Adina Sommer`s Rare Antique Maps and Contemporary Art

Bohemia.

  • Translation

Original:

400.00 €

Enquiry

Article ID EUT4297
Artist Janssonius/Mercator-Hondius, H. (1588-1664)
Johannes Janssonius (Jansson),( 1588- 1664) Amsterdam was born in Arnhem, the son of Jan Janszoon the Elder,a publisher and bookseller. In 1612 he married Elisabeth de Hondt, the daughter of Jodocus Hondius. He produced his first maps in 1616 of France and Italy. In 1623 Janssonius owned a bookstore in Frankfurt am Main, later also in Danzig, Stockholm, Copenhagen, Berlin, Königsberg, Geneva and Lyon. In the 1630s he formed a partnership with his brother in law Henricus Hondius, and together they published atlases as Mercator/Hondius/Janssonius. Under the leadership of Janssonius the Hondius Atlas was steadily enlarged. Renamed Atlas Novus, it had three volumes in 1638, one fully dedicated to Italy. 1646 a fourth volume came out with English County Maps, a year after a similar issue by Willem Blaeu. Janssonius' maps are similar to those of Blaeu, and he is often accused of copying from his rival, but many of his maps predate those of Blaeu and/or covered different regions. By 1660, at which point the atlas bore the appropriate name Atlas Major, there were 11 volumes, containing the work of about a hundred credited authors and engravers. It included a description of most of the cities of the world (Townatlas), of the waterworld (Atlas Maritimus in 33 maps), and of the Ancient World (60 maps). The eleventh volume was the Atlas of the Heavens by Andreas Cellarius. Editions were printed in Dutch, Latin, French, and a few times in German.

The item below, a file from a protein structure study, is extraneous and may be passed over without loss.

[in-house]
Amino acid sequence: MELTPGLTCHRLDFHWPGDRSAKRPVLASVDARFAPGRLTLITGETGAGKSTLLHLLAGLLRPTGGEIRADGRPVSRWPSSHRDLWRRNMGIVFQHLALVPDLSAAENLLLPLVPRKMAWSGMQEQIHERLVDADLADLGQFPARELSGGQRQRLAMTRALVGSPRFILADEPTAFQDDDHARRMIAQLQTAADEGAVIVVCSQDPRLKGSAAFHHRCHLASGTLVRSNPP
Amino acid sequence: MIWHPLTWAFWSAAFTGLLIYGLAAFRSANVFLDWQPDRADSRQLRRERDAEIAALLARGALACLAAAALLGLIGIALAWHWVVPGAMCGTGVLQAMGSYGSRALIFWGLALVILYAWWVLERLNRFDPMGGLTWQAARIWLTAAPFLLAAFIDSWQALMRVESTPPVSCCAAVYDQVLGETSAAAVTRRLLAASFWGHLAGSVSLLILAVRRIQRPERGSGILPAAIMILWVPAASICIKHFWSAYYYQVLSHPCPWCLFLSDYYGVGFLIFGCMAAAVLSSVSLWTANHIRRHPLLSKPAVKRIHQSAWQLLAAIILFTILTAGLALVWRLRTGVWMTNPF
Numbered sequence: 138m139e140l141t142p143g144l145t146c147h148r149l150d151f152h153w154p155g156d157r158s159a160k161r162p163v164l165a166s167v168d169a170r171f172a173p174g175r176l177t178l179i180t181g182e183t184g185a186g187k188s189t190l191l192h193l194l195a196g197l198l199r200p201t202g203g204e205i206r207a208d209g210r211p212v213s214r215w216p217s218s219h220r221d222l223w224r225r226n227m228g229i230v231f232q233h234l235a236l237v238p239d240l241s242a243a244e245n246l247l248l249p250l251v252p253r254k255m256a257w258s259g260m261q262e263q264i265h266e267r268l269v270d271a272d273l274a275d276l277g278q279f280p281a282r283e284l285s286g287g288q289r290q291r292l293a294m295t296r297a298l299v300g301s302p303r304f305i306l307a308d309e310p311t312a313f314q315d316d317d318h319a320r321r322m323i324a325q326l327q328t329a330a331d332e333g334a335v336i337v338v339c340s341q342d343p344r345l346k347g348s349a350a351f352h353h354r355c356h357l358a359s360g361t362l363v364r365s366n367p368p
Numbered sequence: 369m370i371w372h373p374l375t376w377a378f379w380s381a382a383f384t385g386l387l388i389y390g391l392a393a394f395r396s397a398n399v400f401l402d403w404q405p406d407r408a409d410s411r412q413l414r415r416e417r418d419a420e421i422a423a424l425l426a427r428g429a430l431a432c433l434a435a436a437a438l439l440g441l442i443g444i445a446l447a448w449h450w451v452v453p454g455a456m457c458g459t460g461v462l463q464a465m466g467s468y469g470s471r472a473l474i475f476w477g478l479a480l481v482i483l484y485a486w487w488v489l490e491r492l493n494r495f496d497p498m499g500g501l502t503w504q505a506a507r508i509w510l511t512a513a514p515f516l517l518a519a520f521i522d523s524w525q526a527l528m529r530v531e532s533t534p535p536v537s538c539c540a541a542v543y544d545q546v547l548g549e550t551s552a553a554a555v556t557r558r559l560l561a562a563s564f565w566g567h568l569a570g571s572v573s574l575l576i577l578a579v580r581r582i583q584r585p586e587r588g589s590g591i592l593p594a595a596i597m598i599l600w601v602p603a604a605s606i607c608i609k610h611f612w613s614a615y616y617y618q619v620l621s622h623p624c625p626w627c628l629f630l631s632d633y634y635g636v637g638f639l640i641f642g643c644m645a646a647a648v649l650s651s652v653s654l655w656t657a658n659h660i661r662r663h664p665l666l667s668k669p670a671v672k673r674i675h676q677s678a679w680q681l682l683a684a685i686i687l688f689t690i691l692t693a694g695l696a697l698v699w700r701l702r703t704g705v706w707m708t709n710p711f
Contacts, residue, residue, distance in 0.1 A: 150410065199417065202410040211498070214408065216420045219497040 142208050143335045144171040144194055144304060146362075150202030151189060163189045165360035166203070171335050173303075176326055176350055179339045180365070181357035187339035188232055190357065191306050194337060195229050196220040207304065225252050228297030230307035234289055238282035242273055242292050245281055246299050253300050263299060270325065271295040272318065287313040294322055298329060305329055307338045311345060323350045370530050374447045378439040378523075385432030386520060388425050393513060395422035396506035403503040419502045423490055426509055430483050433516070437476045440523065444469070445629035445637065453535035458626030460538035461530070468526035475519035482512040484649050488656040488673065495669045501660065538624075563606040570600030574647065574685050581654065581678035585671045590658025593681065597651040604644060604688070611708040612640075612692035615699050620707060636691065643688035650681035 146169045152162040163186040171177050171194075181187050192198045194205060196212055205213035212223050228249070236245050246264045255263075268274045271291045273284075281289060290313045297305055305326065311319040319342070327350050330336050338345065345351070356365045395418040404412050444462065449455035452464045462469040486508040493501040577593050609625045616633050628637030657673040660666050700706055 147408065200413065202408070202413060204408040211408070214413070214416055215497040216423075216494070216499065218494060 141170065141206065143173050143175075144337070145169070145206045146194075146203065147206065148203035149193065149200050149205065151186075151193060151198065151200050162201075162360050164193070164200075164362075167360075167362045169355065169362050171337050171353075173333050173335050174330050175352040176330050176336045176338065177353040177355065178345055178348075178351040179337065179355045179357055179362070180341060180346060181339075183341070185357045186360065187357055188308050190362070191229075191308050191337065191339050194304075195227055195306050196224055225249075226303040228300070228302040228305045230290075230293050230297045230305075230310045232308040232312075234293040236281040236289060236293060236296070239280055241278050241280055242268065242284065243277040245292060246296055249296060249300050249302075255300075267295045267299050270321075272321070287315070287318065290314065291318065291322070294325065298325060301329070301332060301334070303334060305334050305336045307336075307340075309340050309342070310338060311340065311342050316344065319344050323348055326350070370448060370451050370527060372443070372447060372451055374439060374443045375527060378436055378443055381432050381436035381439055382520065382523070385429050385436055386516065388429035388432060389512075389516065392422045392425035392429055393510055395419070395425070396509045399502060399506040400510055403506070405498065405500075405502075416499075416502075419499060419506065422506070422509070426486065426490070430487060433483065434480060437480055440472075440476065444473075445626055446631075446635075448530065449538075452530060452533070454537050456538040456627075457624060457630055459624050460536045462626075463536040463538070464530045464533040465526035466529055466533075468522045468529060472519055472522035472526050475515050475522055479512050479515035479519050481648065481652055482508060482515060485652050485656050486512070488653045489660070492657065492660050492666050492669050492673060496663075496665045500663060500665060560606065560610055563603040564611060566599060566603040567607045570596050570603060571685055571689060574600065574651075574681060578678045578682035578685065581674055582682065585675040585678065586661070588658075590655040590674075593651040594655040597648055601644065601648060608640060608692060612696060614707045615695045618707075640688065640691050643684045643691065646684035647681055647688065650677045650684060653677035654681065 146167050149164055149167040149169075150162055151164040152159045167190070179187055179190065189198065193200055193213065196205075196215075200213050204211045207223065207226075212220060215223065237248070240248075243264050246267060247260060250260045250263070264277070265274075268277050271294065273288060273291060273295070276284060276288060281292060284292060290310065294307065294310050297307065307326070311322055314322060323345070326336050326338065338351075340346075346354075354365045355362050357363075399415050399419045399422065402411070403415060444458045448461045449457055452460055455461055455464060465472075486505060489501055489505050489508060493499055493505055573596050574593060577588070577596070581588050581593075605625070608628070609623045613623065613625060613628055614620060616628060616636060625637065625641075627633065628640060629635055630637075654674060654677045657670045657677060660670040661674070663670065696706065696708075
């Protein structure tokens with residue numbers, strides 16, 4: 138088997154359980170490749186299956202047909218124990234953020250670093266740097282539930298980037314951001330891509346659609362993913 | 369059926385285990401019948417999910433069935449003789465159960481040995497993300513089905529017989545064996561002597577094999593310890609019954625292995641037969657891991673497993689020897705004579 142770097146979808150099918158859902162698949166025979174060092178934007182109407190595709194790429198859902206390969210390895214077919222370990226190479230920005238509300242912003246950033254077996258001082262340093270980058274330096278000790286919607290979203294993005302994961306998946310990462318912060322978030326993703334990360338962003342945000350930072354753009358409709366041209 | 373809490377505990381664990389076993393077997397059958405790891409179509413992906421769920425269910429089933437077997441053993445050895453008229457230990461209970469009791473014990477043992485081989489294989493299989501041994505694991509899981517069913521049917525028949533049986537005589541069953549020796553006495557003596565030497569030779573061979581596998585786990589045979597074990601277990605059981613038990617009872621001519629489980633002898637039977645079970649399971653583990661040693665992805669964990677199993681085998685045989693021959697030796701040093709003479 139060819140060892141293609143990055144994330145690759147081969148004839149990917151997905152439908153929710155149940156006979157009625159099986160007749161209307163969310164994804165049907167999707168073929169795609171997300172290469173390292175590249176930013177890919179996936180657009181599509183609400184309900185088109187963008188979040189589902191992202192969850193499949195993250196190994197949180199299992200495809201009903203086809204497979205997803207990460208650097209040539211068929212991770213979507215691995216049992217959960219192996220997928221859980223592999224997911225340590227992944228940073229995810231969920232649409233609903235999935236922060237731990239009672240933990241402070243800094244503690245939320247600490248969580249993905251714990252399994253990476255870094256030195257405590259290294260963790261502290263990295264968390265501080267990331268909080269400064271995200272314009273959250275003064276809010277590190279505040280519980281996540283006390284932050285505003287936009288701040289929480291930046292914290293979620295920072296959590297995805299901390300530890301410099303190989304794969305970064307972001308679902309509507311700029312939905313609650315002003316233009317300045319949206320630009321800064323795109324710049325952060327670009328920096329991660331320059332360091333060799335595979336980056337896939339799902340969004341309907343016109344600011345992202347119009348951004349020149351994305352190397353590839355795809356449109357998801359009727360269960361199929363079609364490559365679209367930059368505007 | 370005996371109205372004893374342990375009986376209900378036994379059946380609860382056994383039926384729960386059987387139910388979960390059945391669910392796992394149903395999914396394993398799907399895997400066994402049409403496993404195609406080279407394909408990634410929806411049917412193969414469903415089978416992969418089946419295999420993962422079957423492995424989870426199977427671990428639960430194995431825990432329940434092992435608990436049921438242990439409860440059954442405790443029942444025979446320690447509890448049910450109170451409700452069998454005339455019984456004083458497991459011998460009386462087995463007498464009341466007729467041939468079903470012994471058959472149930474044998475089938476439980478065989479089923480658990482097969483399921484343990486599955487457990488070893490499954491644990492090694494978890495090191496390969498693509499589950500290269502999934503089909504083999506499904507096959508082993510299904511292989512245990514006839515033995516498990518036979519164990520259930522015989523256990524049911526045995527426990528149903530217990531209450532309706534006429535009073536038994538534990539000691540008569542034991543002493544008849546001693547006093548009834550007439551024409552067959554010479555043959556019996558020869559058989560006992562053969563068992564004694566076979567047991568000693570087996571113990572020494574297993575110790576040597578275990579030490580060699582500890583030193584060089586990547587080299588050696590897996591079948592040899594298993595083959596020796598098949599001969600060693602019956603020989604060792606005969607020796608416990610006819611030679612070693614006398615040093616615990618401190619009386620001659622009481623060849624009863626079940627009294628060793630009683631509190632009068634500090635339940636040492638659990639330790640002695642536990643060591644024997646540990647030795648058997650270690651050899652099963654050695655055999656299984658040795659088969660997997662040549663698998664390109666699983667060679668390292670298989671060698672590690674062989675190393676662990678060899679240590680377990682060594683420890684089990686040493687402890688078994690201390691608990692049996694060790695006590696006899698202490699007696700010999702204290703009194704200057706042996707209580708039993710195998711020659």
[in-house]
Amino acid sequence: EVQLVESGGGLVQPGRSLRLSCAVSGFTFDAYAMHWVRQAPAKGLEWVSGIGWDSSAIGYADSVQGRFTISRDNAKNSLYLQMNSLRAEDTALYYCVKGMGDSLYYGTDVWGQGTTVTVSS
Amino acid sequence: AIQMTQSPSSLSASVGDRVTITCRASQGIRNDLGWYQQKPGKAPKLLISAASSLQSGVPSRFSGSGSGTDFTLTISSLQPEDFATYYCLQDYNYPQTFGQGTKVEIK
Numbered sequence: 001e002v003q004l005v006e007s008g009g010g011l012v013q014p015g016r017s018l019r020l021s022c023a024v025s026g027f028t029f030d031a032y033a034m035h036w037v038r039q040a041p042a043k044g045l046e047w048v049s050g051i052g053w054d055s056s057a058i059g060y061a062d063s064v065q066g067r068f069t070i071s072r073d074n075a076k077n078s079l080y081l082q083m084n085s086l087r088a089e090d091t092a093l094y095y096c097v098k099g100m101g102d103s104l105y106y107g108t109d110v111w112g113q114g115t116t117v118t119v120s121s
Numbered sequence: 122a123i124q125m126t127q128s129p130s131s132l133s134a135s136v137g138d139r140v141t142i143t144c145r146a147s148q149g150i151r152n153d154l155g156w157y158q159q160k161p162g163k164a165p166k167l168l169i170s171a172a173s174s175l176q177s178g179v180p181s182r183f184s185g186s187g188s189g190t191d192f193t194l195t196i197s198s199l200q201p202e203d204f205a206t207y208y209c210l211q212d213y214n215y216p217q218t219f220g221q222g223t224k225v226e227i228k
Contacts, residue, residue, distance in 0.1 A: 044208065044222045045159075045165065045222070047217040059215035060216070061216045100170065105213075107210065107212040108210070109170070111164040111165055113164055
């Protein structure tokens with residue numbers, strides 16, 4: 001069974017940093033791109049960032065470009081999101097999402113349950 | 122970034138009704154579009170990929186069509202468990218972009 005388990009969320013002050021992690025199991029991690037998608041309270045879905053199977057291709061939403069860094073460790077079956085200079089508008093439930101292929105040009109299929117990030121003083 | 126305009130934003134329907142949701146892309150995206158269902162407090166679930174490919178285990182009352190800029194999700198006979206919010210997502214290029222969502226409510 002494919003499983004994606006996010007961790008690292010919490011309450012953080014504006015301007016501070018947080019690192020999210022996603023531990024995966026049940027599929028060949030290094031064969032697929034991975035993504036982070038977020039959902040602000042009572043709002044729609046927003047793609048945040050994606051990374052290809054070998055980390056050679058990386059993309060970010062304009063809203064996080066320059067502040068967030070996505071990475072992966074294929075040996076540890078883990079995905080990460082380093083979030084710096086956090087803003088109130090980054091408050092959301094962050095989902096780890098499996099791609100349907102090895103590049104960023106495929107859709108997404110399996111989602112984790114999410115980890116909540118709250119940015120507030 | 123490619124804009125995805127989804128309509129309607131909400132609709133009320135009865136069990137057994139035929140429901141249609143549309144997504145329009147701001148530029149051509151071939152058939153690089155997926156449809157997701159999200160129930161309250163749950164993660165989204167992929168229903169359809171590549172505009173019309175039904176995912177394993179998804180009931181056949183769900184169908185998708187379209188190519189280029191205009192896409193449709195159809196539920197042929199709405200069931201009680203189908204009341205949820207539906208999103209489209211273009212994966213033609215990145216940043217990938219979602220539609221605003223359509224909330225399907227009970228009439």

Title Bohemia.
Year ca. 1664
Description
Map shows all of Bohemia in the Czech Republic with title cartouche and the Bohemian Lion and the Silesian Eagle of Heraldry.

Bohemia is the westernmost and largest historical region of the Czech lands in the present-day Czech Republic. In a broader meaning, Bohemia sometimes refers to the entire Czech territory, including Moravia and Czech Silesia, especially in a historical context, such as the Lands of the Bohemian Crown ruled by Bohemian kings.  Bohemia was a duchy of Great Moravia, later an independent principality, a kingdom in the Holy Roman Empire, and subsequently a part of the Habsburg Monarchy and the Austrian Empire. After World War I and the establishment of an independent Czechoslovak state, Bohemia became a part of Czechoslovakia. Between 1938 and 1945, border regions with sizeable German-speaking minorities of all three Czech lands were joined to Nazi Germany as the Sudetenland.
Place of Publication Amsterdam
Dimensions (cm)41 x 47 cm
ConditionSome restoration at lower centerfold
Coloringcolored
TechniqueCopper print

Reproduction:

60.00 €

( A reproduction can be ordered individually on request. )